In fact, Chris Zelkovich of Yahoo! reported last week that the Jays drew a “disappointing” 391,000 viewers for their Opening Day loss to Tampa. There are caveats, though. He explains that “the good news is that 1.9 million people tuned in for some of the game and 540,000 hung around long enough to ascertain that this game was pretty much over.” Meanwhile TV Media Insight cites a report indicating that the Yankees’ opening day game against the Astros on YES Network drew almost the exact same number, 392,000 viewers in the New York market.
Even if that’s an awkward, apples to oranges comparison — and it is: the Sportsnet number is national, while the YES number is specifically described as representing the New York market (though, on the other hand, the Yankees played at 7:10 PM on Tuesday, compared to 4:10 PM on Monday for the Jays, in a game that was all but over by the time most people returned home from work) — and even if the value of a Sportsnet viewer isn’t as high as that of a YES viewer because of the advertising dynamic of both regions and both teams, or if there is something in the way the numbers are measured that make them farther apart than they appear, it’s still a stunning contrast given that the Bloomberg figure for media rights revenue made by the Jays is significantly below that of the split-market Baltimore Orioles, and the small-market Clevelands.
More stunning: the Yankees, who Bloomberg ranks first in MLB in media rights revenue at $158-million per year, averaged just 244,000 viewers during the 2013 season — down from an average of 454,000 in 2007 — according to a New York Times report last October. Last weekend, according to another report from Zelkovich, the Jays on Sportsnet drew 664,000 (Sunday), 684,000 (Saturday), 896,000 (Friday).
And the Media division of Rogers clearly knows the value of such things, it’s president just having boasted about the $5.2-billion rights deal with the NHL that the company says it needs in order to save money.
I mean… do they wonder why Jays fans feel a fucking disconnect?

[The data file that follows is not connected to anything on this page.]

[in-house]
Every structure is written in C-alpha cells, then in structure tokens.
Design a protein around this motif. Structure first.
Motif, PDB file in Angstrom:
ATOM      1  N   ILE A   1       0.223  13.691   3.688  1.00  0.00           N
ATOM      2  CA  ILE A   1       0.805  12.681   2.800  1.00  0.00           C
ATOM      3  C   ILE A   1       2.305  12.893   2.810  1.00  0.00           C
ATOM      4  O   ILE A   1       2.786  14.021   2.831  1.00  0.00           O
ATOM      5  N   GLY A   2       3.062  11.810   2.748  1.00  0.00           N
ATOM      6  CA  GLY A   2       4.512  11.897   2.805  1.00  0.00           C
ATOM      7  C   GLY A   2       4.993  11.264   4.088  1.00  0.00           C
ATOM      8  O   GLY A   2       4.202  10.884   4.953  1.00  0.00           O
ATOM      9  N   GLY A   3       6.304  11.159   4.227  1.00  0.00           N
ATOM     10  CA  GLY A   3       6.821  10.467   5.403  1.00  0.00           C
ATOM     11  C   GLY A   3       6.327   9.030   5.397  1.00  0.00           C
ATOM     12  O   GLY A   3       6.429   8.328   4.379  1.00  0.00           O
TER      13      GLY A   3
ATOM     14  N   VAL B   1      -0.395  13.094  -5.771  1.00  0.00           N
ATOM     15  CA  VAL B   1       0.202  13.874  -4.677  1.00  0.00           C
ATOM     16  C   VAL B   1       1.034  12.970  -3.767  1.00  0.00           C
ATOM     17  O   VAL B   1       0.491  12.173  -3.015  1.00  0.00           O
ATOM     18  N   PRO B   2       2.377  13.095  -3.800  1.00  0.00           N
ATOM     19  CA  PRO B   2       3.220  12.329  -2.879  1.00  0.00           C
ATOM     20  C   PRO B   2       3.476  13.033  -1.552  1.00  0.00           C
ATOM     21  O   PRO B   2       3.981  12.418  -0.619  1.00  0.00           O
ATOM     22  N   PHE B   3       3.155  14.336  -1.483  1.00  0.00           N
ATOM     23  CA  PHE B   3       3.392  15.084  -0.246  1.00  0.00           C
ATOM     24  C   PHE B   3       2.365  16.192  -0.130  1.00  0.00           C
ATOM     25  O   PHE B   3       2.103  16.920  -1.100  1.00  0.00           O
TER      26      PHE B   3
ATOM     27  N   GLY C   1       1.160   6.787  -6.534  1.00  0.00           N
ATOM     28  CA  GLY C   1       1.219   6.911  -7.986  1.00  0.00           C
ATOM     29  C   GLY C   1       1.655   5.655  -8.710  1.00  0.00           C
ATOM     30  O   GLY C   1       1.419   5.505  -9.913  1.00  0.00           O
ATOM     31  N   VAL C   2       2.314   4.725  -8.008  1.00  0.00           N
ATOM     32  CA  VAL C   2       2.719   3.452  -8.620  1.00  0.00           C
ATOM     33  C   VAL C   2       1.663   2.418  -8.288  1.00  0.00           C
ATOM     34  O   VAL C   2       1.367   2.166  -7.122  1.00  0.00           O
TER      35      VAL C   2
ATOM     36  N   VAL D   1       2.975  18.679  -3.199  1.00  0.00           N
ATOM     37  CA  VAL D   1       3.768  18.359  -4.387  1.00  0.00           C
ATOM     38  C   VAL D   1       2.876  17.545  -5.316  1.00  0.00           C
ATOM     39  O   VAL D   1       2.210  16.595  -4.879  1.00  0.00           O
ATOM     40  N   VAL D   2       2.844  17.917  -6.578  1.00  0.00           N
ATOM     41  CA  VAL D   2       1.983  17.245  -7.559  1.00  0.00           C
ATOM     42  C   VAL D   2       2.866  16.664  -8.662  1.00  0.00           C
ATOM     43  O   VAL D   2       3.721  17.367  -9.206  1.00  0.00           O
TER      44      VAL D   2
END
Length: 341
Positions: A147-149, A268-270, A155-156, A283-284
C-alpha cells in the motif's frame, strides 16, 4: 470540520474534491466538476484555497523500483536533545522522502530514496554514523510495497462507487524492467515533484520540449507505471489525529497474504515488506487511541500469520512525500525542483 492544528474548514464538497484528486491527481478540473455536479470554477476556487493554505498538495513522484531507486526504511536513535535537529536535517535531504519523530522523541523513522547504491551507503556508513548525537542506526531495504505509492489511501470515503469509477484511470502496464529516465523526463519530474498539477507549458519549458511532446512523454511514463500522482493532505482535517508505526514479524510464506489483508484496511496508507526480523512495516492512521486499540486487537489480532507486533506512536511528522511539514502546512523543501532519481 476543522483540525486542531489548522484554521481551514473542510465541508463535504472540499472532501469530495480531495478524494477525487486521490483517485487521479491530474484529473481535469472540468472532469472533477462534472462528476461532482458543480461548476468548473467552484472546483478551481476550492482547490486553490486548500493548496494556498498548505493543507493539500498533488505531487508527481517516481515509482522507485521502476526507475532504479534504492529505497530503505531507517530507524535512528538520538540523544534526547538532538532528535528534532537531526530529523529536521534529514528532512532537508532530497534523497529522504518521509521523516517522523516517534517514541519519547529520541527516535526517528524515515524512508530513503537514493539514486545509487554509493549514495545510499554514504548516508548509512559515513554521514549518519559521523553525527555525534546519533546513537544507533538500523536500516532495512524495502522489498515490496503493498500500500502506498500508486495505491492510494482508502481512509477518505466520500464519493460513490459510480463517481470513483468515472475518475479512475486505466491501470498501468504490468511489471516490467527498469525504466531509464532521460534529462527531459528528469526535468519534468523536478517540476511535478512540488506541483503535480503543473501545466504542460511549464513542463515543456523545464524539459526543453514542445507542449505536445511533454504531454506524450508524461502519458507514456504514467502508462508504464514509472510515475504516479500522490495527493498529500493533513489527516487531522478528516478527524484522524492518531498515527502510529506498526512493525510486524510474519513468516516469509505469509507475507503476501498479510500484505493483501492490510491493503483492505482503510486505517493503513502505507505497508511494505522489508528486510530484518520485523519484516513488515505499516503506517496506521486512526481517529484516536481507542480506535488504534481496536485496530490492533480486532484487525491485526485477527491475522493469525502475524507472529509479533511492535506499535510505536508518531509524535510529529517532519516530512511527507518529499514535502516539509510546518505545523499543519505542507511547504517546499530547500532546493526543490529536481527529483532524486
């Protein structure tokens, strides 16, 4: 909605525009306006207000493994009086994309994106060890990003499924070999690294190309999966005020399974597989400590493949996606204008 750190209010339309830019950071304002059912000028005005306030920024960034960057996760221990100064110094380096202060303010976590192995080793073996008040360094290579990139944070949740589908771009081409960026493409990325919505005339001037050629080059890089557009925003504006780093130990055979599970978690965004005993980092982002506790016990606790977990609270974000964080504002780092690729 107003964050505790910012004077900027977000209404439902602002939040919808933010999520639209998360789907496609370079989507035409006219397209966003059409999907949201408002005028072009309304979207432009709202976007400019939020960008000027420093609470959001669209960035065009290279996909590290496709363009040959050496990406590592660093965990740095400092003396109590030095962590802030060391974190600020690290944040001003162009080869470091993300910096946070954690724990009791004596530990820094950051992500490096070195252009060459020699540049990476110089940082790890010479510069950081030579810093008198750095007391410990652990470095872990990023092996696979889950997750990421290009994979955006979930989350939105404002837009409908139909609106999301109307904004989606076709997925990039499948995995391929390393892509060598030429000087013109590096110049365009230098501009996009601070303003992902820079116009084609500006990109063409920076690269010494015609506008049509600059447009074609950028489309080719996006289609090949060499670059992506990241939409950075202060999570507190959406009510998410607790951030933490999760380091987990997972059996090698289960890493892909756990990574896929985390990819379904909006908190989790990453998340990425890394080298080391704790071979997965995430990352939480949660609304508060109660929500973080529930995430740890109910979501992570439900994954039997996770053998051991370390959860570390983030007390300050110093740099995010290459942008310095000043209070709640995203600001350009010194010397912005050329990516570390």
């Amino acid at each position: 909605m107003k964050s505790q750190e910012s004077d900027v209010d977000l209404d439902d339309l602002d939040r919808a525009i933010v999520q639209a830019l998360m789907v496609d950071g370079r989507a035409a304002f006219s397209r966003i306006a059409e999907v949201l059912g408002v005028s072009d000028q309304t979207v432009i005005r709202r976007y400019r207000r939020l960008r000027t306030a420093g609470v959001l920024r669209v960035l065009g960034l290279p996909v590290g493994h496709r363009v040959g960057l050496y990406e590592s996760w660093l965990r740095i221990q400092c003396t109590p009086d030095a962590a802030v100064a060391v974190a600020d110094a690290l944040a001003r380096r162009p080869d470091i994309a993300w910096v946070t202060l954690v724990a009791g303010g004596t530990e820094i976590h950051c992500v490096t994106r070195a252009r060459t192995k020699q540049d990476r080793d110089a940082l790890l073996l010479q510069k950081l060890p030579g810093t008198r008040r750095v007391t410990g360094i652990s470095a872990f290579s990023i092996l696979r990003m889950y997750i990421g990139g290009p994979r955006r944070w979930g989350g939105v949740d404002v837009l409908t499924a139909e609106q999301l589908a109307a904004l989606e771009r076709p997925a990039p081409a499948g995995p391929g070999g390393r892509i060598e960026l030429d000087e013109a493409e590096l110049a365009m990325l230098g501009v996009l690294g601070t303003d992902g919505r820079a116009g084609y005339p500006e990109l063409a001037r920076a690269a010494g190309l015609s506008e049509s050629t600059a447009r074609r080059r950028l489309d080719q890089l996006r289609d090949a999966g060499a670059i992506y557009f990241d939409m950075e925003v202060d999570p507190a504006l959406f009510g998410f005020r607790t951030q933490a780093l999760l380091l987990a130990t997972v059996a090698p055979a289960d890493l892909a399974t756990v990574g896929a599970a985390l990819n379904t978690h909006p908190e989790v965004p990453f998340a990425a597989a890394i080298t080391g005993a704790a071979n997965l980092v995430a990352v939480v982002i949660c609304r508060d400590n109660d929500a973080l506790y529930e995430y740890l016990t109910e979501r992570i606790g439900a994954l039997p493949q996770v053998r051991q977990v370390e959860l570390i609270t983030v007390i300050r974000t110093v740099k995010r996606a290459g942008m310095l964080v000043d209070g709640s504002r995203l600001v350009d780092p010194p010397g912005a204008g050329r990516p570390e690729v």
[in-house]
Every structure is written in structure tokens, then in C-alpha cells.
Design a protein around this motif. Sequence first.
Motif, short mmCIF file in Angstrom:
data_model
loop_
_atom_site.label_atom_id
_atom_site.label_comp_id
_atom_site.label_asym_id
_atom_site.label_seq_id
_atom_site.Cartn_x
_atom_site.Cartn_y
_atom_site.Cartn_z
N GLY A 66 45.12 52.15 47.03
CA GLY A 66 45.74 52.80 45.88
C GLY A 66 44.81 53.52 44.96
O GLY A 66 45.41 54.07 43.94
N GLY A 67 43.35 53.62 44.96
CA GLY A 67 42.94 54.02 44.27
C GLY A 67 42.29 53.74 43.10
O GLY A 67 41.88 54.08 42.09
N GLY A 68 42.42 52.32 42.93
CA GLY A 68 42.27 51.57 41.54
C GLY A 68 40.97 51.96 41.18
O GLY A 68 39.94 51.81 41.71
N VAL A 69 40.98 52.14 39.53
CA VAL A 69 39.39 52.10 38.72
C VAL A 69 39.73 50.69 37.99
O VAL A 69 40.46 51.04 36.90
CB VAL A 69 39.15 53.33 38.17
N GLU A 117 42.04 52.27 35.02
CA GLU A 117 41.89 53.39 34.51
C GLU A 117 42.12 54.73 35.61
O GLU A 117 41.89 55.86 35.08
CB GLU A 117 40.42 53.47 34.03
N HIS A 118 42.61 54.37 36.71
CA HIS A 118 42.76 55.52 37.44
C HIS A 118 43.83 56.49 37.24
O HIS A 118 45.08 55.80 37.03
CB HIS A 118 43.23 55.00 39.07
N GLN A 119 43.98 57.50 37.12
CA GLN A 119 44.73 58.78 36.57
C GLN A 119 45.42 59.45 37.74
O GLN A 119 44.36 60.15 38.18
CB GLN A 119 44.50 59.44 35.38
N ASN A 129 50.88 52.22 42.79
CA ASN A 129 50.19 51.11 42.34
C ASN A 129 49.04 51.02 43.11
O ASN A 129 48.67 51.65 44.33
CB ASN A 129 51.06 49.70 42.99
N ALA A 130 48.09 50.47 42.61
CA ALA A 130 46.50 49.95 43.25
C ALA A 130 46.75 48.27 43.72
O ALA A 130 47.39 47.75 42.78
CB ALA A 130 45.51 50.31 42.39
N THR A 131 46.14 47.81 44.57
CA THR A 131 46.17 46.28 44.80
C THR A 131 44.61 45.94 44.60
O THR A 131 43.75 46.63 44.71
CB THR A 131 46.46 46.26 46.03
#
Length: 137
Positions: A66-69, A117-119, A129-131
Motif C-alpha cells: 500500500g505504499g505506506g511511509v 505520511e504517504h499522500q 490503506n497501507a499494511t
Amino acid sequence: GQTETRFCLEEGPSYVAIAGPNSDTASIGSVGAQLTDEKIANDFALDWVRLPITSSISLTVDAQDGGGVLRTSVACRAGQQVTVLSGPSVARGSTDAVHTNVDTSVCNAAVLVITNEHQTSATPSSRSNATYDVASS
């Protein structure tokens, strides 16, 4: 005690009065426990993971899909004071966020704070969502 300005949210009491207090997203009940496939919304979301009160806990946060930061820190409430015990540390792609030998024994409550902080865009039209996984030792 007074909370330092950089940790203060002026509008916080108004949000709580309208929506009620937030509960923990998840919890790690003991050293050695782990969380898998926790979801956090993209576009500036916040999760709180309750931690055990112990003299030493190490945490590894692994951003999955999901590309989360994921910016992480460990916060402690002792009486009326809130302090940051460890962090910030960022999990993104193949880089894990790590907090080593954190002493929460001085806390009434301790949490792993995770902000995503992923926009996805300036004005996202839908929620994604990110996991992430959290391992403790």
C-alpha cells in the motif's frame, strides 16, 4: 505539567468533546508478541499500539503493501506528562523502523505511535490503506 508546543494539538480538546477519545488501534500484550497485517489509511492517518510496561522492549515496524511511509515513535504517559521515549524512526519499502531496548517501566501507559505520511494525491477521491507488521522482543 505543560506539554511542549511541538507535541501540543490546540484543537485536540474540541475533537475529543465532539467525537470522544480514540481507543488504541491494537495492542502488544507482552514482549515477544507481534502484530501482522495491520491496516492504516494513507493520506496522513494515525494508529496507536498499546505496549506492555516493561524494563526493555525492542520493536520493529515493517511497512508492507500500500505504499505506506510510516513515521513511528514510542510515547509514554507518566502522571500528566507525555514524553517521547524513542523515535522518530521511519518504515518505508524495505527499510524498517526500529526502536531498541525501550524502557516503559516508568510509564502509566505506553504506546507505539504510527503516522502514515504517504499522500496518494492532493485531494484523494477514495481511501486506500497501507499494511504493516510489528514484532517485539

Again: the company boasts about how it will save money in the overall by paying $5.2-billion to the NHL, yet the Jays are caught in an endless cost-benefit loop where the benefit to ownership is so astronomically huge that any investment beyond the minimum simply doesn’t add up for them. Three times now they’ve shown that they’re willing to open the purse strings at precisely the point when they’ve felt that continuing their preferred pattern of inexplicable stinginess and false hope could actually do long-term damage to the brand. And every single time they’ve ultimately pulled back and left their GM to his own devices, saddled by bad deals made when the money looked like it was flowing, and an inadequate roster that he’s in too difficult a position to make meaningful change to. The effect is that it forces the GM to cross his fingers and go with what he’s got, the ultimate obvious failure of which providing the impetus for a new narrative: that Ash must go, that Ricciardi must go, that Anthopoulos must go, and that the club must start again from scratch — particularly when it comes to payroll, because obviously you don’t need a high payroll when your objective is to rebuild, and to trade expensive veteran talent for cheap promises of youth. In other words: more money for corporate coiffeurs! [Note: at Rogers they pay through the nose for fancy haircuts.]